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Title: Development of a pasture model for grazing studies
Author: Vine, Dorothy Anne
Awarding Body: University of Edinburgh
Current Institution: University of Edinburgh
Date of Award: 1978
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The object of this thesis was to study those aspects, mainly of pasture origin, which affect the herbage intake of the grazing ruminant. Literature was reviewed on the growth of grass, its nutritive value, the manner in which pasture is grazed, and its regrowth after defoliation. The nutritive value of grass was examined largely in terms of its digestibility. Two experiments were carried out to obtain quantitative information on sward structure and the digestibility of the components. The first experiment used S24 perennial ryegrass growing in field conditions. The weights, heights, digestibilities and ages of parts of the tiller were monitored throughout the year and under different levels of nitrogen fertilizer. The organic matter digestibility of the two youngest leaves (89% 1st leaf, 86% 2nd blade) varied to only a small extent with season. Major changes in leaf digestibility (from about 82% to about 65 or 70%) were associated with a change in colour from green to brown. Nitrogen fertilizer had a small temporary effect in increasing leaf appearance rate, reducing leaf lifespan, and reducing leaf digestibility. It had a substantial effect on the vertical distribution of dry matter in the sward. The second experiment examined leaf growth and digestibility following the removal of a particular leaf or leaves from tillers of S24 ryegrass. The investigation took place in controlled environment rooms under three temperature regimes (6°C/3°C; 10°C/4°C; 19°C/4°C) and low light intensities (40-90 W m 2). There was a reduction in the weight of new leaves only when defoliation was severe and included the removal of the two youngest leaves. Digestibility was unaffected. The discussion develops a conceptual framework for a grazing model. Pasture is represented in terms of the spatial distribution, weight and digestibility of its component parts. Some of the quantitative relationships are provided by the information obtained from the two experiments reported. The model provides a possible means of testing alternative hypotheses as to how the ruminant selects its diet.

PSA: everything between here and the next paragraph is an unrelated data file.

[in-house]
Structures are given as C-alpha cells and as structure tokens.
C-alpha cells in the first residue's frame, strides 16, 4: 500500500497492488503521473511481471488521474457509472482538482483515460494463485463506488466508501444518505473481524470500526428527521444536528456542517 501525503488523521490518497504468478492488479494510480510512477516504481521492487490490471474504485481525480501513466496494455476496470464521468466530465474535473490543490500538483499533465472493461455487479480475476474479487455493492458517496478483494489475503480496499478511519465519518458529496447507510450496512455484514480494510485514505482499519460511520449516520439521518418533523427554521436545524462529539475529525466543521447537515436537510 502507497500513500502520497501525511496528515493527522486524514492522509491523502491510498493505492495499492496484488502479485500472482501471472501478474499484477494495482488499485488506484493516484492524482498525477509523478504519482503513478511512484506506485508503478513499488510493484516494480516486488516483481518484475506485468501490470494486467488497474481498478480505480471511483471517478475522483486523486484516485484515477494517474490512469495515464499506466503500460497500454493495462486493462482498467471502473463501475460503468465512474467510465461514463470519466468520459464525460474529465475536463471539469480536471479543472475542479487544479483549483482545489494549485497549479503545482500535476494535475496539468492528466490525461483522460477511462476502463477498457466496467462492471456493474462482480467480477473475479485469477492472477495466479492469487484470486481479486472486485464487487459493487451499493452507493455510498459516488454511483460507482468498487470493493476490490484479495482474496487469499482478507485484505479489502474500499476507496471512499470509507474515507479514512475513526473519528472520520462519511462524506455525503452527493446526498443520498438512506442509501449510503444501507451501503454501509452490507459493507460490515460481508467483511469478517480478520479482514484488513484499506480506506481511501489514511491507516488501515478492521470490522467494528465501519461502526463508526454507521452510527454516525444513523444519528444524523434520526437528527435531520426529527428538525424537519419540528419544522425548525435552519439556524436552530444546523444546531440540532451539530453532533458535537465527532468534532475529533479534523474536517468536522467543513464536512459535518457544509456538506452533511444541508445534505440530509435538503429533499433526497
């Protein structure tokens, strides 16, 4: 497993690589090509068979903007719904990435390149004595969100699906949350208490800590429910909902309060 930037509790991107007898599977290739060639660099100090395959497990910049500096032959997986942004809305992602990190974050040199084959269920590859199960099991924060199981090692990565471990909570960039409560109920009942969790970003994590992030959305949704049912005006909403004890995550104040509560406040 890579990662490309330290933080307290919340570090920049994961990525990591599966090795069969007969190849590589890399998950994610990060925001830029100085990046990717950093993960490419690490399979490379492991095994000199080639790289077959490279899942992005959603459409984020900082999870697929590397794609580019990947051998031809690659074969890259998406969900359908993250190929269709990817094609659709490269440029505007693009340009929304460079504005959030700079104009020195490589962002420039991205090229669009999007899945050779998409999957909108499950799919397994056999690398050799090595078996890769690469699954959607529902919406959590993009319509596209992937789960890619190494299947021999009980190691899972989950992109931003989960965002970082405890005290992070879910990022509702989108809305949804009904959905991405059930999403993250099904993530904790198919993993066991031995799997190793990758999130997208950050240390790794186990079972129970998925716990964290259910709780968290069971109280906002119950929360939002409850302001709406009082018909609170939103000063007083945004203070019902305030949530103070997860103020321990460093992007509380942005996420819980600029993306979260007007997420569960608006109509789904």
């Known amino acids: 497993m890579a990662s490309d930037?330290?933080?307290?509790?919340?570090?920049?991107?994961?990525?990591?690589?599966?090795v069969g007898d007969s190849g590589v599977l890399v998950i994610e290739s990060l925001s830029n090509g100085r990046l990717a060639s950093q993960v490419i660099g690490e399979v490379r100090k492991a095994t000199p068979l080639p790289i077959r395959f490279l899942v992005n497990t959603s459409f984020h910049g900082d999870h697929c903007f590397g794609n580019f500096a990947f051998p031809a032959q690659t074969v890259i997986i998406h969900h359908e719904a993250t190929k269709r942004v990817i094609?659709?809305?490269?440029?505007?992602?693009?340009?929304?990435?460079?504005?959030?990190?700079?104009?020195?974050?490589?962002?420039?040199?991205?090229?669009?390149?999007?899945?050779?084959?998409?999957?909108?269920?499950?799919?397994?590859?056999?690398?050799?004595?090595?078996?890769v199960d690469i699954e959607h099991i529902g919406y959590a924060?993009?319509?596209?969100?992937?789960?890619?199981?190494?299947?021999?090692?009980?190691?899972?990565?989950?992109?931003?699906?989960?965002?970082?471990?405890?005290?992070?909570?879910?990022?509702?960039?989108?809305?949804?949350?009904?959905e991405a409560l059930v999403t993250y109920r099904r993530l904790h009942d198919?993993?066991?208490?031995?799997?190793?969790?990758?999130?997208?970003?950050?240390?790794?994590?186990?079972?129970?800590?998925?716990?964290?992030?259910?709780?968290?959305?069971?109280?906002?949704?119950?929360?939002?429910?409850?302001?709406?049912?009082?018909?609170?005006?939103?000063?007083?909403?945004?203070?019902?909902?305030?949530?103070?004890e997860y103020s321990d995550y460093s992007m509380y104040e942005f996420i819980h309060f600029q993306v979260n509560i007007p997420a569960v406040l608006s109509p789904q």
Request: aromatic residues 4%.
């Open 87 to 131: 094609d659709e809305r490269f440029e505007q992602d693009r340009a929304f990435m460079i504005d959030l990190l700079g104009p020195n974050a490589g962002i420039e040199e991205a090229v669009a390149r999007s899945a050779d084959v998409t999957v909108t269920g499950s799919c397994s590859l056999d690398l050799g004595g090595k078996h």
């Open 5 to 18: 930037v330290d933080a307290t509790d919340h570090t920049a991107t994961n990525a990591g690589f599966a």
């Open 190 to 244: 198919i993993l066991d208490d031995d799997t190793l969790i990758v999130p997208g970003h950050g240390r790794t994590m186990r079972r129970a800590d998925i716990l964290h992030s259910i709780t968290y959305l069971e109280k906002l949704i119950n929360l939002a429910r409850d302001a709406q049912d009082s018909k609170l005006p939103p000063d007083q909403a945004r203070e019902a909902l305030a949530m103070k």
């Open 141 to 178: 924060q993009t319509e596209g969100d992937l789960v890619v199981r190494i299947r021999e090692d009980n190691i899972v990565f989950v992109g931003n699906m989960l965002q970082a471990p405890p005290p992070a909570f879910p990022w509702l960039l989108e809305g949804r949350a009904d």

Supervisor: Not available Sponsor: Not available
Qualification Name: Thesis (Ph.D.) Qualification Level: Doctoral
EThOS ID:  DOI: Not available